Magnussen will make his first on-track appearance for Haas during pre-season testing at the Circuit de Barcelona-Catalunya, starting on February 27.

Grosjean captures Trophee Andros ice racing win

MELBOURNE, AUSTRALIA - MARCH 17: Romain Grosjean of France and Haas F1 in the Paddock during previews to the Australian Formula One Grand Prix at Albert Park on March 17, 2016 in Melbourne, Australia.  (Photo by Mark Thompson/Getty Images)
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French drivers occasionally dip into ice racing championships in the winter, and so it’s no surprise Romain Grosjean is doing so – successfully – in this weekend’s Trophee Andros event at Alpe D’Huez.

Driving a Renault Clio, Grosjean started from pole, moved into the lead, and ran away for the win in the eight-lap final of the event, additionally setting fastest lap.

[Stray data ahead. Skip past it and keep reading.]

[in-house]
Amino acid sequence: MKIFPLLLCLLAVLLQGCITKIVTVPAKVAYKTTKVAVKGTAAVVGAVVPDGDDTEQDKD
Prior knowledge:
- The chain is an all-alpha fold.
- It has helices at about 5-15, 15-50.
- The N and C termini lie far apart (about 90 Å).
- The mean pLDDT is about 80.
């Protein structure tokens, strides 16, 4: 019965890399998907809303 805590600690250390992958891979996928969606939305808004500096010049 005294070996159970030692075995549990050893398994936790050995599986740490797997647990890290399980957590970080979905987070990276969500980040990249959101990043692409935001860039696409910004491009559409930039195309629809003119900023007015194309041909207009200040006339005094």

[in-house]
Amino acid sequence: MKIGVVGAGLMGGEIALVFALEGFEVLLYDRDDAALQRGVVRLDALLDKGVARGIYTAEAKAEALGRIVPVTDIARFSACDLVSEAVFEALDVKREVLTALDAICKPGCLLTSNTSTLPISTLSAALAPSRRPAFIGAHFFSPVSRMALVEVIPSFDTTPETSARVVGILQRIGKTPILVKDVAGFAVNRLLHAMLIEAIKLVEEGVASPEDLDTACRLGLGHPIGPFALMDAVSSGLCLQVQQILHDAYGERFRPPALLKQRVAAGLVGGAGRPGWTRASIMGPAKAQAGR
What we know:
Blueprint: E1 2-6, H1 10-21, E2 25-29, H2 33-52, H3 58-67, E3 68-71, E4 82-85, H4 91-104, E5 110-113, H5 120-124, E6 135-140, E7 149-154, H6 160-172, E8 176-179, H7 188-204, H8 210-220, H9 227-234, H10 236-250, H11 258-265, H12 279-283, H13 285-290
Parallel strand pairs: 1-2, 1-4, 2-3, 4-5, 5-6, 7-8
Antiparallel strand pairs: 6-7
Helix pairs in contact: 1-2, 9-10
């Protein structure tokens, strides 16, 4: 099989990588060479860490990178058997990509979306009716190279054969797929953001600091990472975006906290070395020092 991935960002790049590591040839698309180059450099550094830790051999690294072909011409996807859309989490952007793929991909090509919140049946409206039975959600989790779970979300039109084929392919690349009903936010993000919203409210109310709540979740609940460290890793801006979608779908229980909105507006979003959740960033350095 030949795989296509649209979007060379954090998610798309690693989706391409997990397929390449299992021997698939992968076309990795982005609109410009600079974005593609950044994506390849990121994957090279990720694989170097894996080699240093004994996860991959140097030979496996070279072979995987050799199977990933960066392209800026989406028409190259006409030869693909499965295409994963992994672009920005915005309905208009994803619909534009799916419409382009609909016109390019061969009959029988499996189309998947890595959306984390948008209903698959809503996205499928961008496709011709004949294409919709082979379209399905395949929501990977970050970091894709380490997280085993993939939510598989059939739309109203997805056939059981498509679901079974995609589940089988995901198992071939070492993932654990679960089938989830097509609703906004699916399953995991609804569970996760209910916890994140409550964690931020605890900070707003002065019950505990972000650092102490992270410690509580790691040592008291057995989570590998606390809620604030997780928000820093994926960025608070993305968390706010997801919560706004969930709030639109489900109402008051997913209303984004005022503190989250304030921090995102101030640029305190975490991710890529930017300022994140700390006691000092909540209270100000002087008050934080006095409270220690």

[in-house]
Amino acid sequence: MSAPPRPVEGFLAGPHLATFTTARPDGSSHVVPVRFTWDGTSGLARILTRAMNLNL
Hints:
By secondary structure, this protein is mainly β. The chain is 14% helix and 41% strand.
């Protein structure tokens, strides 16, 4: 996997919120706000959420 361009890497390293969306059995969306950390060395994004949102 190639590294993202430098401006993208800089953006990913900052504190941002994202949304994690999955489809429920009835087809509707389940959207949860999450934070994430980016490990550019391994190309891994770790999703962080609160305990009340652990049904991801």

Grosjean has been an intermittent participant in ice racing since 2009, and had two prior race wins. He’d last raced in 2014 prior to making his return this weekend.

Jean-Philippe Dayraut came second behind the Haas F1 Team driver.

French TV station L’Equipe meanwhile appeared to capture fight footage between former F1 driver Olivier Panis, the 1996 Monaco Grand Prix winner, and DTM driver Adrien Tambay as the two were battling for third place. Tambay is the son of ex-F1 driver Patrick Tambay. Both drivers were excluded from the race.

F1 2016 Driver Review: Romain Grosjean

BAKU, AZERBAIJAN - JUNE 17: Romain Grosjean of France driving the (8) Haas F1 Team Haas-Ferrari VF-16 Ferrari 059/5 turbo on track during practice for the European Formula One Grand Prix at Baku City Circuit on June 17, 2016 in Baku, Azerbaijan.  (Photo by Mark Thompson/Getty Images)
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Romain Grosjean

Team: Haas F1 Team
Car No.: 8
Races: 21
Podiums: 0
Best Finish: 5th (Bahrain)
Fastest Laps: 0
Points: 29
Laps Led: 0
Championship Position: 13th

Luke Smith (@LukeSmithF1)

Romain Grosjean arguably took the boldest team switch of the 2015/2016 off-season when he opted to move to the new Haas operation, but it paid off almost immediately. P6 in Australia and P5 in Bahrain were remarkable results given the team’s infancy, down to a mix of bold strategy and masterful racing from Grosjean.